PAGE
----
One such theory comes from Alan Jaeger, founder of Jaeger Sports in Los Angeles. Jaeger is a passionate advocate for long toss, a philosophy that is gaining steam in the baseball world. (Jaeger was recently featured In Sports Illustrated).
Jaeger believes that pitchers don’t train hard enough to build up arm strength, and that they should be throwing longer distances for longer periods of time. Whereas many pitchers work out their arms by moving out to a distance of 120 feet (twice the distance from the mound to the plate) and throwing hard and on a line for perhaps 10 minutes or so, Jaeger believes it is more beneficial to stretch it out much further – even to 300-plus feet – and to throw the ball on a high arc for up to 30 minutes.
He believes that by doing “long toss” like this multiple times a week, in combination with specific stretching exercises, loosens the shoulder, stretches out the joint, and strengthens the arm. The distance a pitcher can throw from is left up to the athlete, depending on how he feels on any particular day.
“I’ve done a number of talks or interviews of the last three or four years, about injuries and stuff,” Jaeger says. “I always come back to the No. 1 reason is because of the babying of the arm at the professional level.
“At the end of the day, we’re just doing what you would do with any other part of your body to train and develop it, and this is normal.”
Jaeger compares it to that of an Olympic swimmer, who would not train for the 100-meter freestyle by swimming the 100-meter freestyle over and over again. The swimmer would train by going longer distances for longer periods of time to build up stamina and strength. Why wouldn’t that also apply to pitchers?
The theory makes sense, and it’s an impressive thing to watch.
Jim Vatcher, a former Major League outfielder who works with Jaeger, says he would long toss every day and maintained “epic arm health.”
At a recent throwing demonstration at UCLA’s Jackie Robinson Stadium, Vatcher, 50, threw with fellow Jaeger Sports employee China McCarney, stretching it out to about 300-plus feet with ease.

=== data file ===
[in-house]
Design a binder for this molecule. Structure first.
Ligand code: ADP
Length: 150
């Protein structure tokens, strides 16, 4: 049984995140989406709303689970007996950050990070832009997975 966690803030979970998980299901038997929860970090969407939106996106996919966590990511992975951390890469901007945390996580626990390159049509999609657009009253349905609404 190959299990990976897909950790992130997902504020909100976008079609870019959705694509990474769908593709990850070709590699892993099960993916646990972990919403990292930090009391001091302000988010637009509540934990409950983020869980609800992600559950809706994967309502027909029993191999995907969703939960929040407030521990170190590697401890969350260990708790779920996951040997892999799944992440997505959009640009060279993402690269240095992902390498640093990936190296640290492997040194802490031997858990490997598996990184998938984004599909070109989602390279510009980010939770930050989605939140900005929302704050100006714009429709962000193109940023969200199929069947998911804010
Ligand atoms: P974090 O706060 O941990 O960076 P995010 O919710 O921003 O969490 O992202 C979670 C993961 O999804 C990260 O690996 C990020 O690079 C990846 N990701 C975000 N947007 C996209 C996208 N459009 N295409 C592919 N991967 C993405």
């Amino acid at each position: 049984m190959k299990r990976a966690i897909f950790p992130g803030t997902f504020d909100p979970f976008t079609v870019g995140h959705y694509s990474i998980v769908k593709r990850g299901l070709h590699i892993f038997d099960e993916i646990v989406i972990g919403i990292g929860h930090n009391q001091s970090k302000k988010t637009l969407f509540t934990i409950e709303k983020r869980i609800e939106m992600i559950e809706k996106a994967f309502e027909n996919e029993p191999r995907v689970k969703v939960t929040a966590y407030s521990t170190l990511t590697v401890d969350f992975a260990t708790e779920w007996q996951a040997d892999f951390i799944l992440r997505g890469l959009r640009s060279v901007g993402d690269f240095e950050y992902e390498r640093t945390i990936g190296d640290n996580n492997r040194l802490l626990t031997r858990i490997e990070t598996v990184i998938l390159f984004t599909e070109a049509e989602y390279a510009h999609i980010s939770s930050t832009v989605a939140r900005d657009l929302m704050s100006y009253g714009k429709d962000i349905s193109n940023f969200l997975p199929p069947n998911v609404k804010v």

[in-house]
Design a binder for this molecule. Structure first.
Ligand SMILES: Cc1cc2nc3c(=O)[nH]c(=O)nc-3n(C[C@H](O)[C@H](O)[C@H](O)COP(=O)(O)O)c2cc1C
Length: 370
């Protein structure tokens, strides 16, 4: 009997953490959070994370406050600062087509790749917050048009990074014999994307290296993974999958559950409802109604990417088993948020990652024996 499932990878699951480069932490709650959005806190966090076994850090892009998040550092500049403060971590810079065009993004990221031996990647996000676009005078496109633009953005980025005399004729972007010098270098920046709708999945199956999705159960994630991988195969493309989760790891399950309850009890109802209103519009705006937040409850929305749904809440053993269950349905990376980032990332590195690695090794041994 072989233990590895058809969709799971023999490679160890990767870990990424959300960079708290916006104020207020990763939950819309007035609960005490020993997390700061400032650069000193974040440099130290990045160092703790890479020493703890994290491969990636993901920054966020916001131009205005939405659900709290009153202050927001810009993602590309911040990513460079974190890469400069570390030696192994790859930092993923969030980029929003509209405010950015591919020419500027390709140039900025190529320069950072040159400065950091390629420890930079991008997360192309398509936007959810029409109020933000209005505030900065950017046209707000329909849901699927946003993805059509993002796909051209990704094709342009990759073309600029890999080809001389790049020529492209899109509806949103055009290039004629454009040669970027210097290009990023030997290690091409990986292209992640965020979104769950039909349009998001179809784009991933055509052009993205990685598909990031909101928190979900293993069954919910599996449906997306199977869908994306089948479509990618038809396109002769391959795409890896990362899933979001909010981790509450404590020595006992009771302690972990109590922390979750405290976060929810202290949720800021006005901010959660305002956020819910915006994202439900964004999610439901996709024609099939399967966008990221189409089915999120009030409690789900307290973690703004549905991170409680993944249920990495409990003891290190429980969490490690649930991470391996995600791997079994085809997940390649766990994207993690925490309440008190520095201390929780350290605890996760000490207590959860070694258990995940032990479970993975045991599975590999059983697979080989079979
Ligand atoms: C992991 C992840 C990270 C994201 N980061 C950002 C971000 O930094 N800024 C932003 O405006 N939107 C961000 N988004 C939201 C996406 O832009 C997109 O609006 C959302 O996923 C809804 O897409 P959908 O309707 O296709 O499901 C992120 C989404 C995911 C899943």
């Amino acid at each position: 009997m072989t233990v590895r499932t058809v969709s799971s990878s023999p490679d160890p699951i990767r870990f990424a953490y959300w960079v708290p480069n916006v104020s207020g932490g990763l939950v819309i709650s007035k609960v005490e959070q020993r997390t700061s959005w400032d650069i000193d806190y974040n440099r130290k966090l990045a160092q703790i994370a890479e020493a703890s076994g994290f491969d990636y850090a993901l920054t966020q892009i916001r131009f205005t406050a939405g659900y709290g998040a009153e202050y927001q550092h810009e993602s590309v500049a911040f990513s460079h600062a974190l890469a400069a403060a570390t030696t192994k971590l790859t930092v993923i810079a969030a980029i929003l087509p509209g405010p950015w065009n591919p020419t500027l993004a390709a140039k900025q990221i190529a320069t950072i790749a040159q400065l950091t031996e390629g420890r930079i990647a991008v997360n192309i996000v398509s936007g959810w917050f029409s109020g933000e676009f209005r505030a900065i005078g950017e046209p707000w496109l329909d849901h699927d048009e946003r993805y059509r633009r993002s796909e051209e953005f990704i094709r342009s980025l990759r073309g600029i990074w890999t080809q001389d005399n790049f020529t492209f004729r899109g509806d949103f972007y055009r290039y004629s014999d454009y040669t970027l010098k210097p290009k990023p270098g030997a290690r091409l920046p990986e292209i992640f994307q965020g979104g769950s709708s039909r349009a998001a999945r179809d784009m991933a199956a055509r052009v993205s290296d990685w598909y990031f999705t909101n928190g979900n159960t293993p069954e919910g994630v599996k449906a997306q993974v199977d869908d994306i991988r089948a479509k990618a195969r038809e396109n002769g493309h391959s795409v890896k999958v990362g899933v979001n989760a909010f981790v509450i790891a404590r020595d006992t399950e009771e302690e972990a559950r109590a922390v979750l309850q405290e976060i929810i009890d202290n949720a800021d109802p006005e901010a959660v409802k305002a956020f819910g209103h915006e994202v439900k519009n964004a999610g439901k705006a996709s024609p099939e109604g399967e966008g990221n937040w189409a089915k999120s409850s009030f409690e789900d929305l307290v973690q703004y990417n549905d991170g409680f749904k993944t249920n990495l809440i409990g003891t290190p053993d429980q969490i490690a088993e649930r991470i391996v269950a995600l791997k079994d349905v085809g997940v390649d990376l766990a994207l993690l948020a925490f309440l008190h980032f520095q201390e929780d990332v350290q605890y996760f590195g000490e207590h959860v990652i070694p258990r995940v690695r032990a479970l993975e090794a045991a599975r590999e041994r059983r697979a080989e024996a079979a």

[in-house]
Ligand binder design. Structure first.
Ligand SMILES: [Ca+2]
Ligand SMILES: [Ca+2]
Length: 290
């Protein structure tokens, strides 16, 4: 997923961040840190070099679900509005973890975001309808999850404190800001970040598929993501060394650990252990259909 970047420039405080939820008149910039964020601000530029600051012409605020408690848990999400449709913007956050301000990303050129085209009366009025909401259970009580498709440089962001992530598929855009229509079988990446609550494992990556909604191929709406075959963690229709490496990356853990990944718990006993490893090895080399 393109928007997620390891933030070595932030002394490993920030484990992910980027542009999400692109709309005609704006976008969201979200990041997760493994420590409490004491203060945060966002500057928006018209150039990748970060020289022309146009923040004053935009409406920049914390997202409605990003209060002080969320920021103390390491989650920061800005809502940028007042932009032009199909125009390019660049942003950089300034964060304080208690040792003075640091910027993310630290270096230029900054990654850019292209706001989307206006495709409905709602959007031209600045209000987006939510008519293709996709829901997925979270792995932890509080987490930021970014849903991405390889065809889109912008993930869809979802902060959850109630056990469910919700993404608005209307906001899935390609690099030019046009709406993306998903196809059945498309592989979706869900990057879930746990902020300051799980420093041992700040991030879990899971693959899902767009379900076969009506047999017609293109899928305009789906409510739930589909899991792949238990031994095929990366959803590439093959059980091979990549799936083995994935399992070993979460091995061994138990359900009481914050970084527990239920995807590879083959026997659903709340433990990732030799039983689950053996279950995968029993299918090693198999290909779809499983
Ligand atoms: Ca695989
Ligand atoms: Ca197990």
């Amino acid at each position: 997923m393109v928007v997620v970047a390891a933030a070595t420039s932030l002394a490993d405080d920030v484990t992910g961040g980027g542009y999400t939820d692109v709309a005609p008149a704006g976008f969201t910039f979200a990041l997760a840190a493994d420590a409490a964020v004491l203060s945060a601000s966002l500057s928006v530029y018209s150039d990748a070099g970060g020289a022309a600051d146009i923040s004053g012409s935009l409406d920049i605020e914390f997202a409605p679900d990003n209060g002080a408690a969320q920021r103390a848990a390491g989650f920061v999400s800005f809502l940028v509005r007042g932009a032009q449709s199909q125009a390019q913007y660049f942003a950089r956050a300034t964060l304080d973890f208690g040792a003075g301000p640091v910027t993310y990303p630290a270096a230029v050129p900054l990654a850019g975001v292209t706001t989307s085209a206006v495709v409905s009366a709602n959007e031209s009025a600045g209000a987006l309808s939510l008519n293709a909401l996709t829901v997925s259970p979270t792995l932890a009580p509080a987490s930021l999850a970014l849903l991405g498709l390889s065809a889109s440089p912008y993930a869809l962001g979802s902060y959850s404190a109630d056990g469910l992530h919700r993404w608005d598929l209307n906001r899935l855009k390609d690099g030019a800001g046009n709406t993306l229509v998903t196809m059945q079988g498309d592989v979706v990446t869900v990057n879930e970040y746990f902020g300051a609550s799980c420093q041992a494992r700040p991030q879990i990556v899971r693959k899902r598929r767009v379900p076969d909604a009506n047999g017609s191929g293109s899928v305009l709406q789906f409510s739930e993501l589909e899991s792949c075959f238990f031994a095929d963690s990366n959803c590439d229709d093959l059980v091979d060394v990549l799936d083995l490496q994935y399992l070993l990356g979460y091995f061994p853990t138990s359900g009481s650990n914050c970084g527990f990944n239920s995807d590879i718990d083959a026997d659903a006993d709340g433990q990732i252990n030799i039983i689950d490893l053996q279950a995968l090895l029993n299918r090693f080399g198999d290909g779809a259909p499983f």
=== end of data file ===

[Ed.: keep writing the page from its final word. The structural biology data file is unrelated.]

“I’m an expert on my arm now,” Vatcher says. “I’m an expert on my body and that’s what happens when you throw for 30-40 minutes a day. You become an expert on release point, on accuracy, on feel, on just knowing what you’re capable of. You don’t get that on 10 minutes of linear (throwing). You can’t get that feel. It’s impossible.”
Jaeger and Vatcher are not alone in their advocacy of long toss. Cleveland Indians pitcher Trevor Bauer, a former All-American at UCLA, is one of them. And there are a host of testimonials on the web site, from prominent college coaches to big leaguer pitchers and beyond.
Among Dodgers, though, opinions on long toss are mixed.
Reliever Juan Nicasio, for instance, doesn’t long toss during the season, but says it’s a good offseason activity.
“I’ll do it in December,” he says. “It helps your shoulder. When you throw long toss, it makes your arm strong. You throw three times a week, long throwing, you’ll be ready for spring training.”
Clayton Kershaw, the reigning NL Cy Young and MVP, stretches with rubber bands, as Jaeger advocates.
“I started using them in high school and I felt like I started throwing harder so I kept doing them,” Kershaw says. “Obviously it was coupled with when I was growing and getting bigger and stronger already, but I put them in and my arm felt good, so I kept using them.”
But while Kershaw does like to strengthen his arm by throwing well beyond the typical 120 feet, he does not believe in the high-arching throws that Jaeger prescribes, preferring to keep the ball on a line.
“I just don’t believe in throwing it high, because I just don’t think it builds arm strength,” he says. “We don’t ever throw a ball like that (in a game), so why would you try to do that?”